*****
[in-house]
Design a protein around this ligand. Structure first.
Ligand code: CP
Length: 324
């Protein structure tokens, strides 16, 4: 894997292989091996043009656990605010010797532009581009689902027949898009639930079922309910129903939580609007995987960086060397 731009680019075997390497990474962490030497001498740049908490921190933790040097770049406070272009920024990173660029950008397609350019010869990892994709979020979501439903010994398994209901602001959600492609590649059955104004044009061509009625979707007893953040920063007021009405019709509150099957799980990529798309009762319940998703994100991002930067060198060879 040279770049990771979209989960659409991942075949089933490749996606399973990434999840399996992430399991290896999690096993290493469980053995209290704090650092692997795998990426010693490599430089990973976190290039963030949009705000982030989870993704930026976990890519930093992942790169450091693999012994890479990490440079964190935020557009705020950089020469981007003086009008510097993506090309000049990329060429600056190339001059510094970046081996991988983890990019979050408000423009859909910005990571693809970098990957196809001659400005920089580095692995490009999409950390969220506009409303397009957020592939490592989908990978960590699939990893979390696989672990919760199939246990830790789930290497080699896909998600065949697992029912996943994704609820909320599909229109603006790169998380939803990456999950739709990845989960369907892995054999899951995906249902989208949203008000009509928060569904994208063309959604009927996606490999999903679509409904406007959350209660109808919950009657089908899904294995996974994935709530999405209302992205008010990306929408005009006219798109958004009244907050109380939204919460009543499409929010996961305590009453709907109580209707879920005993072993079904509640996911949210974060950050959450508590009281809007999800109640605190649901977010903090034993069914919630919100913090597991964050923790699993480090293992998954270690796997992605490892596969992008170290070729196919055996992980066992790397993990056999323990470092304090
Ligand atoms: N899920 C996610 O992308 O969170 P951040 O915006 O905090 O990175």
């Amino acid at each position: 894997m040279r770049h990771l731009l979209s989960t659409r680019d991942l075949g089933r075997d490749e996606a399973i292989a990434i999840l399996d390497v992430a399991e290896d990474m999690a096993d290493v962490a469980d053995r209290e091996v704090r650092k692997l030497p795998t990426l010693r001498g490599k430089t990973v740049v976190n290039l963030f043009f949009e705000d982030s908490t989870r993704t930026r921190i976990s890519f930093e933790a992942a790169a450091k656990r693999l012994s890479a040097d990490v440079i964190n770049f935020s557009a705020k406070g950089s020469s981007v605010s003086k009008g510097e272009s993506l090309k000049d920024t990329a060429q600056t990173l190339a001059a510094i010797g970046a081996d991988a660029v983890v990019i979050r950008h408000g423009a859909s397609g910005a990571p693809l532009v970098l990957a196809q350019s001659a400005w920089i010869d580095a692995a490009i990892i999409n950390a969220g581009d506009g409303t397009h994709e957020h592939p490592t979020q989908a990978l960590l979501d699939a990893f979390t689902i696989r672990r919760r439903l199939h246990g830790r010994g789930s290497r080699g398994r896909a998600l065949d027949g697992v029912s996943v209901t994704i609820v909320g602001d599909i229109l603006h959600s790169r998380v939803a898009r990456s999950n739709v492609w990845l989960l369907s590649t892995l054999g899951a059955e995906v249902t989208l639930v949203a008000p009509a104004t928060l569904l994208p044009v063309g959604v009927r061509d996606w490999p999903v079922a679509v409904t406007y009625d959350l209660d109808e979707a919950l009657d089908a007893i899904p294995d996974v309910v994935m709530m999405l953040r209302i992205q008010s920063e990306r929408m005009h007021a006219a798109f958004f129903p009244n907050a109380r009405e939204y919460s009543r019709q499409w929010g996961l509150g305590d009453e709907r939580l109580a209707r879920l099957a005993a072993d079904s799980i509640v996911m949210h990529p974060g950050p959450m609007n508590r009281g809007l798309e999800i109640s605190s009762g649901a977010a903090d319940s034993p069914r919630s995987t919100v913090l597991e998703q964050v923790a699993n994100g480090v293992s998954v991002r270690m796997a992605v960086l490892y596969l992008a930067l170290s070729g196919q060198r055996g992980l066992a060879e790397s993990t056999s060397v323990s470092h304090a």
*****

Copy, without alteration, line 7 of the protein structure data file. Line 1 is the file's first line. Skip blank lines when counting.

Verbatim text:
């Amino acid at each position: 894997m040279r770049h990771l731009l979209s989960t659409r680019d991942l075949g089933r075997d490749e996606a399973i292989a990434i999840l399996d390497v992430a399991e290896d990474m999690a096993d290493v962490a469980d053995r209290e091996v704090r650092k692997l030497p795998t990426l010693r001498g490599k430089t990973v740049v976190n290039l963030f043009f949009e705000d982030s908490t989870r993704t930026r921190i976990s890519f930093e933790a992942a790169a450091k656990r693999l012994s890479a040097d990490v440079i964190n770049f935020s557009a705020k406070g950089s020469s981007v605010s003086k009008g510097e272009s993506l090309k000049d920024t990329a060429q600056t990173l190339a001059a510094i010797g970046a081996d991988a660029v983890v990019i979050r950008h408000g423009a859909s397609g910005a990571p693809l532009v970098l990957a196809q350019s001659a400005w920089i010869d580095a692995a490009i990892i999409n950390a969220g581009d506009g409303t397009h994709e957020h592939p490592t979020q989908a990978l960590l979501d699939a990893f979390t689902i696989r672990r919760r439903l199939h246990g830790r010994g789930s290497r080699g398994r896909a998600l065949d027949g697992v029912s996943v209901t994704i609820v909320g602001d599909i229109l603006h959600s790169r998380v939803a898009r990456s999950n739709v492609w990845l989960l369907s590649t892995l054999g899951a059955e995906v249902t989208l639930v949203a008000p009509a104004t928060l569904l994208p044009v063309g959604v009927r061509d996606w490999p999903v079922a679509v409904t406007y009625d959350l209660d109808e979707a919950l009657d089908a007893i899904p294995d996974v309910v994935m709530m999405l953040r209302i992205q008010s920063e990306r929408m005009h007021a006219a798109f958004f129903p009244n907050a109380r009405e939204y919460s009543r019709q499409w929010g996961l509150g305590d009453e709907r939580l109580a209707r879920l099957a005993a072993d079904s799980i509640v996911m949210h990529p974060g950050p959450m609007n508590r009281g809007l798309e999800i109640s605190s009762g649901a977010a903090d319940s034993p069914r919630s995987t919100v913090l597991e998703q964050v923790a699993n994100g480090v293992s998954v991002r270690m796997a992605v960086l490892y596969l992008a930067l170290s070729g196919q060198r055996g992980l066992a060879e790397s993990t056999s060397v323990s470092h304090a």